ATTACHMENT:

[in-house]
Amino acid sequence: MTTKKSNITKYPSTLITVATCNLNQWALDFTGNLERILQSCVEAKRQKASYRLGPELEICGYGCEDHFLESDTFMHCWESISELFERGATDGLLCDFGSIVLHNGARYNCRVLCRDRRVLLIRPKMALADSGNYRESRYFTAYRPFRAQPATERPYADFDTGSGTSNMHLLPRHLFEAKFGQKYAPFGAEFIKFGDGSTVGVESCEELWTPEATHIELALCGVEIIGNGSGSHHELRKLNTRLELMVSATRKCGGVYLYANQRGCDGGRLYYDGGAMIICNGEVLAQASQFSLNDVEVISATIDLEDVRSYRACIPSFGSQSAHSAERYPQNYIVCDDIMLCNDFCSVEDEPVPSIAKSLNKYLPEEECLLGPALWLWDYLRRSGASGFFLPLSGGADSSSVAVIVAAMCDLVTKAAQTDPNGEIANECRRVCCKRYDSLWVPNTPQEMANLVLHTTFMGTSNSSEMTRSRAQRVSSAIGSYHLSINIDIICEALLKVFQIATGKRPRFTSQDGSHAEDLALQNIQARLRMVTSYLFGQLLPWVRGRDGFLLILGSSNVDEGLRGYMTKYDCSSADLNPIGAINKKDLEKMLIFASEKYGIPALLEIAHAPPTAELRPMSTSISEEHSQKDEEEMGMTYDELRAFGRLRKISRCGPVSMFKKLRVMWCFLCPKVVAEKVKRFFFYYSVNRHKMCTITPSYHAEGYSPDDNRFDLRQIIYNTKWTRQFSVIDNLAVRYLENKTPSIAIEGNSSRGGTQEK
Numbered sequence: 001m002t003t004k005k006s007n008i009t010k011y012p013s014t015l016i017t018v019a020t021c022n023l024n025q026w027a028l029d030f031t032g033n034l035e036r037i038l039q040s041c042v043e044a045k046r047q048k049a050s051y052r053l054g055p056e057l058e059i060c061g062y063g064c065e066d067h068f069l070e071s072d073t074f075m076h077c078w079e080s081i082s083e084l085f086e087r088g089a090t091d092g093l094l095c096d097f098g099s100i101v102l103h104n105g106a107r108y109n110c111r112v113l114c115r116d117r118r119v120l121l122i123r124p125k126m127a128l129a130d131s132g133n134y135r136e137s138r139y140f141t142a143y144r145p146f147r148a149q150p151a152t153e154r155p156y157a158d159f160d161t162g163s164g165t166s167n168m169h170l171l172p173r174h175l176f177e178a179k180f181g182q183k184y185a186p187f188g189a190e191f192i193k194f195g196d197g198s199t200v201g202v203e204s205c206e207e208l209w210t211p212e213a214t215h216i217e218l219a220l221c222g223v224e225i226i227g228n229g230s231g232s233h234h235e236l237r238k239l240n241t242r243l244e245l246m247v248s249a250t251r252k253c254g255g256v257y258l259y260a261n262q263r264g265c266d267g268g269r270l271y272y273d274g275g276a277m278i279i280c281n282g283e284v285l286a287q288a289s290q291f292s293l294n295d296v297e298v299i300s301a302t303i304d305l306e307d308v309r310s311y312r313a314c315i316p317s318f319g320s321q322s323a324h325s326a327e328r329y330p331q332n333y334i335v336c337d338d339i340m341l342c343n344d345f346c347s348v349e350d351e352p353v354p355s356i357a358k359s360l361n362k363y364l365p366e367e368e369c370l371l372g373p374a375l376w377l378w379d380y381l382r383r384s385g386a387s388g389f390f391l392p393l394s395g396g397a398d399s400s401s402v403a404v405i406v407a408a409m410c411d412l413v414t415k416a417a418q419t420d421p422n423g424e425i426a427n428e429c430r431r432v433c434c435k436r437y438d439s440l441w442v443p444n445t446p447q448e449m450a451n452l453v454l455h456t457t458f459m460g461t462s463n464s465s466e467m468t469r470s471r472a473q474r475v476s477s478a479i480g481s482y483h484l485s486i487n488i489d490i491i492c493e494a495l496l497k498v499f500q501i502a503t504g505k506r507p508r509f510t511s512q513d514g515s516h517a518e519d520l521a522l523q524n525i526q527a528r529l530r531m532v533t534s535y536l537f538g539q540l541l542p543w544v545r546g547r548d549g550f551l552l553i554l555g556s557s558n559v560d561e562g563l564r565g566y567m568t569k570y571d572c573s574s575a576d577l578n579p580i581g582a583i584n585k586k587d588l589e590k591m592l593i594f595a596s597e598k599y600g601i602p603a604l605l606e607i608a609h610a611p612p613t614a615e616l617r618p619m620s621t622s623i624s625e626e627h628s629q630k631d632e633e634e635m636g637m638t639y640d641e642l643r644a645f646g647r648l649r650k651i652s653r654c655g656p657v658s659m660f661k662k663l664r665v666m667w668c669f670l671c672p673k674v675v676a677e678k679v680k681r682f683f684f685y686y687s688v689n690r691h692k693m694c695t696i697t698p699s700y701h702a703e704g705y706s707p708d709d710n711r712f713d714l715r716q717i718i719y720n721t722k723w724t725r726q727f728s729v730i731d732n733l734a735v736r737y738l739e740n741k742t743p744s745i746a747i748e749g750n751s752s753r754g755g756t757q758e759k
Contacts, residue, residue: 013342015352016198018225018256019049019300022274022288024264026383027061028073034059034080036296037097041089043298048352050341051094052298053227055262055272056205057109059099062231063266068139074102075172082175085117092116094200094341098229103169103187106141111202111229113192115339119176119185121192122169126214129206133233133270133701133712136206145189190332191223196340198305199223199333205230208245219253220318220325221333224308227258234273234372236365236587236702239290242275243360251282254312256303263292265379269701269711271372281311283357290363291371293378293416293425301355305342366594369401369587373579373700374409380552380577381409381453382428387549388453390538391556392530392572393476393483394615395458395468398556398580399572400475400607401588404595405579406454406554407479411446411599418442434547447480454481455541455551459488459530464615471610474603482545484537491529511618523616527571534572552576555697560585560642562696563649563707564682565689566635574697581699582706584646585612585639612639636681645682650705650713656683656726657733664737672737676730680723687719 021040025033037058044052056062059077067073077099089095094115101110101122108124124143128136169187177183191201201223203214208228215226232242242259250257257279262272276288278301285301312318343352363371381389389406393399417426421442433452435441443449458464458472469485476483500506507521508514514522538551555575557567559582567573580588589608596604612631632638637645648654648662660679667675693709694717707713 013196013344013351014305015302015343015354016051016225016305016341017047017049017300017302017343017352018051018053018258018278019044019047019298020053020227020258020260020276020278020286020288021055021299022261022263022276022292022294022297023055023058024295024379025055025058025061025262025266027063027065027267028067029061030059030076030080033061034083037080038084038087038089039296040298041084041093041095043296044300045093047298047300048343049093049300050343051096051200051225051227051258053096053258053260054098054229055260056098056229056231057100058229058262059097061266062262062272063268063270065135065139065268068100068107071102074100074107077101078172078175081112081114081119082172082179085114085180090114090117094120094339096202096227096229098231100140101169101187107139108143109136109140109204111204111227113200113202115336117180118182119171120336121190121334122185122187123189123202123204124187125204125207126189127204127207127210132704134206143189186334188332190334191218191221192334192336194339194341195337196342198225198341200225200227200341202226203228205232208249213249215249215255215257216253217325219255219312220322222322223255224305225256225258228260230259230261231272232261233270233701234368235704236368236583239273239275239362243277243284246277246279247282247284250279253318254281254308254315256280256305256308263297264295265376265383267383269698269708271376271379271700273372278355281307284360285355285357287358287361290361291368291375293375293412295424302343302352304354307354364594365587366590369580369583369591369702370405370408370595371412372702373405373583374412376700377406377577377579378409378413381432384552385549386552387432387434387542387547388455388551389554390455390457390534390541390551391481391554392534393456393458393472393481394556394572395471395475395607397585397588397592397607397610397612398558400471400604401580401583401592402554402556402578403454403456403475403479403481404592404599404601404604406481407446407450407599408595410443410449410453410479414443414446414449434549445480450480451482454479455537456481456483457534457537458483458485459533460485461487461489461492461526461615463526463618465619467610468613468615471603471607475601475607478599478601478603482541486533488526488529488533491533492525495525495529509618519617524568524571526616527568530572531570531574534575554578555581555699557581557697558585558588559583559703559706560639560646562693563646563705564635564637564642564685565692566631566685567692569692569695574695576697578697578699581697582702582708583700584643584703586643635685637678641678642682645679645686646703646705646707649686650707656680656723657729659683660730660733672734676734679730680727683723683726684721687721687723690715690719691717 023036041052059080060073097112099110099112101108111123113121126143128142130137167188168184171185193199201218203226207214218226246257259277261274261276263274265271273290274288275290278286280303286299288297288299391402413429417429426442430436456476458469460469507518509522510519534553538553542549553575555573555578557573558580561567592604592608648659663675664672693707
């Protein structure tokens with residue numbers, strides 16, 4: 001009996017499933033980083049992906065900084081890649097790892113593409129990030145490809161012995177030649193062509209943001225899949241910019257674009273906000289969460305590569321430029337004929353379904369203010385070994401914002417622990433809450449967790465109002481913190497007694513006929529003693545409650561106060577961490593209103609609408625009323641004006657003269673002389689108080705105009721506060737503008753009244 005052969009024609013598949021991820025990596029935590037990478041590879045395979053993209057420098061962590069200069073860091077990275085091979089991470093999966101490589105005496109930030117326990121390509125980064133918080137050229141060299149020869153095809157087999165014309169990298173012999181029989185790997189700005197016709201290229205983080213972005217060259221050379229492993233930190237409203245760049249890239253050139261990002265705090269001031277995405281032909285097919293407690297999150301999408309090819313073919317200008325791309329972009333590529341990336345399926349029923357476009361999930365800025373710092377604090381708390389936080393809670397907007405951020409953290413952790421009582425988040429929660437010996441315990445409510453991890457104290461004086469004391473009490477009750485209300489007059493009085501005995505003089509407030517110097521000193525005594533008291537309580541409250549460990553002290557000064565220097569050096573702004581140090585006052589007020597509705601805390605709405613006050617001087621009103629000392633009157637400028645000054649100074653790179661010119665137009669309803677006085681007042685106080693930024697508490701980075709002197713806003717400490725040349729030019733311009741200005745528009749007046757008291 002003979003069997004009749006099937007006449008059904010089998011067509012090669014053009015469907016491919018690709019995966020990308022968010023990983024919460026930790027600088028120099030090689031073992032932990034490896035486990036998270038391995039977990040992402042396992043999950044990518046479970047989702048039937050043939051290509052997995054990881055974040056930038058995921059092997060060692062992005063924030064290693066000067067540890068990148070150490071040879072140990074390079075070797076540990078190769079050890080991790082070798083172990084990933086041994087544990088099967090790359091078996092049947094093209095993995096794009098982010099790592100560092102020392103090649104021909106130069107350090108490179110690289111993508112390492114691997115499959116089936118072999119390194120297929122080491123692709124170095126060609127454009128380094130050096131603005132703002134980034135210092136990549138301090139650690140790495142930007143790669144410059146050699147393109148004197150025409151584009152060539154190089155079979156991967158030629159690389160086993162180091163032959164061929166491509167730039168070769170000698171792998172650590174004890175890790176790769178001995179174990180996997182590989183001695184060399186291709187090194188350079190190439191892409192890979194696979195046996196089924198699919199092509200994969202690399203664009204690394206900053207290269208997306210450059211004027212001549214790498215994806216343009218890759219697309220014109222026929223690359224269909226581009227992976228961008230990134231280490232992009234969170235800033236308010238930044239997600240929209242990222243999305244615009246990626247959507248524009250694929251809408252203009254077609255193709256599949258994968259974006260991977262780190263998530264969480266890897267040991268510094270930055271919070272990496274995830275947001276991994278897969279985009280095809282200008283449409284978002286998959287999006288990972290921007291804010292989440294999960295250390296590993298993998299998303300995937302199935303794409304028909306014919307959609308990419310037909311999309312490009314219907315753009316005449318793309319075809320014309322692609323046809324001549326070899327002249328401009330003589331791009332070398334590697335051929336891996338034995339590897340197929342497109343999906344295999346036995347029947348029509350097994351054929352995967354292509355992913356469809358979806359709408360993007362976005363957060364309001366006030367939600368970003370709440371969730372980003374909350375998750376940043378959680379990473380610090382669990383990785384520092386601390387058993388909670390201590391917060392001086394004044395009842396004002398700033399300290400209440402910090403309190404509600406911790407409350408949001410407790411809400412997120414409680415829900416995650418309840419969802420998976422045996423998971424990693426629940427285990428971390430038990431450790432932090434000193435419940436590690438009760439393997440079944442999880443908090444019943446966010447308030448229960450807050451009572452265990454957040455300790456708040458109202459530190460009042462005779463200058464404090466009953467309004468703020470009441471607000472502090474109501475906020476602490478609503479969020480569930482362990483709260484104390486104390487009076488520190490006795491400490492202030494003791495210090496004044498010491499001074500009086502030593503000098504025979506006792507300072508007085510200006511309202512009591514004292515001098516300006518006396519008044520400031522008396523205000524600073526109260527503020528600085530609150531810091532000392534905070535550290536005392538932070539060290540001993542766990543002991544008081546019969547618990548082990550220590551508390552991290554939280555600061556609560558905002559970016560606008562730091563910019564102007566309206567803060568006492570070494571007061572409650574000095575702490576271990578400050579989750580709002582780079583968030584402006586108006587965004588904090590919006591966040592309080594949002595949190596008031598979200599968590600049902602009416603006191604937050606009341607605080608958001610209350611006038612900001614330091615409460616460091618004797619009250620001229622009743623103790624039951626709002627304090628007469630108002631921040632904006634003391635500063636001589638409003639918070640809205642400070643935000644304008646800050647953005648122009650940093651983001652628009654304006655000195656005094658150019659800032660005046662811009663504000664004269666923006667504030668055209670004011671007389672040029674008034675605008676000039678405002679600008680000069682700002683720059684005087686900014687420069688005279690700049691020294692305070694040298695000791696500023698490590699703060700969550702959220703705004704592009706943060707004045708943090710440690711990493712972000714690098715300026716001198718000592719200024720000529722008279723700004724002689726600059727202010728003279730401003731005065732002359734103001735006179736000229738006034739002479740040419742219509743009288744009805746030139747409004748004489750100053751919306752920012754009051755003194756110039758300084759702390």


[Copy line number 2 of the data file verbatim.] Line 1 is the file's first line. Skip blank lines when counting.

Amino acid sequence: MTTKKSNITKYPSTLITVATCNLNQWALDFTGNLERILQSCVEAKRQKASYRLGPELEICGYGCEDHFLESDTFMHCWESISELFERGATDGLLCDFGSIVLHNGARYNCRVLCRDRRVLLIRPKMALADSGNYRESRYFTAYRPFRAQPATERPYADFDTGSGTSNMHLLPRHLFEAKFGQKYAPFGAEFIKFGDGSTVGVESCEELWTPEATHIELALCGVEIIGNGSGSHHELRKLNTRLELMVSATRKCGGVYLYANQRGCDGGRLYYDGGAMIICNGEVLAQASQFSLNDVEVISATIDLEDVRSYRACIPSFGSQSAHSAERYPQNYIVCDDIMLCNDFCSVEDEPVPSIAKSLNKYLPEEECLLGPALWLWDYLRRSGASGFFLPLSGGADSSSVAVIVAAMCDLVTKAAQTDPNGEIANECRRVCCKRYDSLWVPNTPQEMANLVLHTTFMGTSNSSEMTRSRAQRVSSAIGSYHLSINIDIICEALLKVFQIATGKRPRFTSQDGSHAEDLALQNIQARLRMVTSYLFGQLLPWVRGRDGFLLILGSSNVDEGLRGYMTKYDCSSADLNPIGAINKKDLEKMLIFASEKYGIPALLEIAHAPPTAELRPMSTSISEEHSQKDEEEMGMTYDELRAFGRLRKISRCGPVSMFKKLRVMWCFLCPKVVAEKVKRFFFYYSVNRHKMCTITPSYHAEGYSPDDNRFDLRQIIYNTKWTRQFSVIDNLAVRYLENKTPSIAIEGNSSRGGTQEK